Intro

Growing up in different parts of the World, and having parents from 2 different countries created an awareness in me that flowed into a journey to discover my own identity.  I was strongly influenced by both of my parents, (my mother is Japanese and my father is Spanish), and this bicultural atmosphere lit a spark of curiosity within me. It was only a question of time before I took off to return to the country where I was born, and am partly from.

1 year old me at Tokyo Disneyland

Everyone lives their lives to find themselves one way or another. I had this constant urge of wanting to deeply explore the country where I have relatives, and had visited so many times since I was a child. So after I graduated university in Madrid, I packed my bags and made my way back to Japan, this time to stay long term.

In modern day Japan, there are many words that classify different minorities in society. People who are half Japanese, are called  ハーフ(Hafu, taken from the English word “half”) . It symbolically means that 50% of the blood that flows in your body is Japanese). But what IS being Japanese these days? Here comes the constant question of nationality vs race.  Ever since the first time I was told that I was a hafu, I was desperate to know more about this word.

Portraits of young hafus at the Hafu Japanese Project Exhibition @3331:Arts Chiyoda

-“Oh, I didn’t know I could be placed in a group”, I thought, “how weirdly wonderful!” When I was a child, I had this feeling of not really belonging anywhere….but then all of a sudden, this word pops up. It must mean that there are many of “us” out there… So the fact of being a hafu became something that put some sense into my life. I feel like I am part of something!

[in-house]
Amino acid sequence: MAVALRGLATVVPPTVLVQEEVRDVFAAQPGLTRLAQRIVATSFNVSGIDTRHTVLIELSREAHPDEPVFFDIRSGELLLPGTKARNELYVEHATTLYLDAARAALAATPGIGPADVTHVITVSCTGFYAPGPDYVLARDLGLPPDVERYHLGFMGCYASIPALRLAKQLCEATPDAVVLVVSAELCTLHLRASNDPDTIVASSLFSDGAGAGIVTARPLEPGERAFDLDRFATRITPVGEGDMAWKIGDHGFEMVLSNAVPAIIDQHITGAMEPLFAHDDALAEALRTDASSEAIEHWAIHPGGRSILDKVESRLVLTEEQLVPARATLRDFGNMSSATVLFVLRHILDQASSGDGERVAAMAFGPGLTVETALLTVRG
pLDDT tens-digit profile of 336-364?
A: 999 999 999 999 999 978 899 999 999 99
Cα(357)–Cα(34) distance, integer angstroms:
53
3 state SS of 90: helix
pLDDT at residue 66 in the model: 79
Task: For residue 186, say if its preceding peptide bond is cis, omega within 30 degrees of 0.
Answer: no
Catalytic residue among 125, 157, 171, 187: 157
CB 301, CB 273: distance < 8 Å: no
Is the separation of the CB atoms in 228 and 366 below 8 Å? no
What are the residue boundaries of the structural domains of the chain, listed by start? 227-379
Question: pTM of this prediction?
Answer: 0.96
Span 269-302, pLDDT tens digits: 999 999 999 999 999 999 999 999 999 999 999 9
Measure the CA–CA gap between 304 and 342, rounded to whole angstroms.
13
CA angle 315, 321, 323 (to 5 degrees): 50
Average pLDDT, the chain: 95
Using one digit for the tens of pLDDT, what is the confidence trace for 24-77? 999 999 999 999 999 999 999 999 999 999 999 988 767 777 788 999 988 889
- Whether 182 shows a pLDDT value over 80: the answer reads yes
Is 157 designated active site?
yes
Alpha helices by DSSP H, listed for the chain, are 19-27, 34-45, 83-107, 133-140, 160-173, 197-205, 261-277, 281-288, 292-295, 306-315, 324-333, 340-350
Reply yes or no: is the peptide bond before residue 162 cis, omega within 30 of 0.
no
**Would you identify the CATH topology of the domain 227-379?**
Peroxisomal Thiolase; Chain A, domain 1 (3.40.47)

a 6 year old dreamer in Madrid

In many occasions, or its probably better if I say constantly…people overreact…or act in an odd manner when they hear Japanese coming out of my mouth or coming out of someone who’s face doesn’t look Asian. People just freeze for 2 seconds, they don’t know what to do. Many just reply to me in English (even though I AM speaking perfect Japanese to them), or they just ask you why you can speak the language sounding natural. So after the 100th time explaining the reasons,  it does start to become annoying.

We are indeed a minority, even though I’ve met a ton of other hafus here. But I guess being mixed is still “unusual”, perhaps not spoken much about? what is this tabú-like phenomenon?

Before I lived in Tokyo,  I planned a project as a researcher in the multimedia science and arts area. I proposed a theme that was simple, quite observatory and not very personal. “Youth, fads and modern pop culture in Japan”. Of course, after experiencing a year in Tokyo sort of as a “foreigner” I came to realize that this theme wasn’t the one I had to explore. After 1 year, something hit me from a different angle. This urge to find myself was speaking to me.

And so, it became clear that I wanted to create something much more intimate and relevant to my identity. I had this idea of bringing together the 2 cities I consider most influential in my life, Madrid and Tokyo.

Madrid Skyline

Shinjuku

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About 「Madrid x 東京」

I am a filmmaker from both Spain and Japan. I am on a constant journey in search of myself 〜 ☆
This entry was posted in Film, Japan, Life, Spain and tagged , , , , , , , , . Bookmark the permalink.

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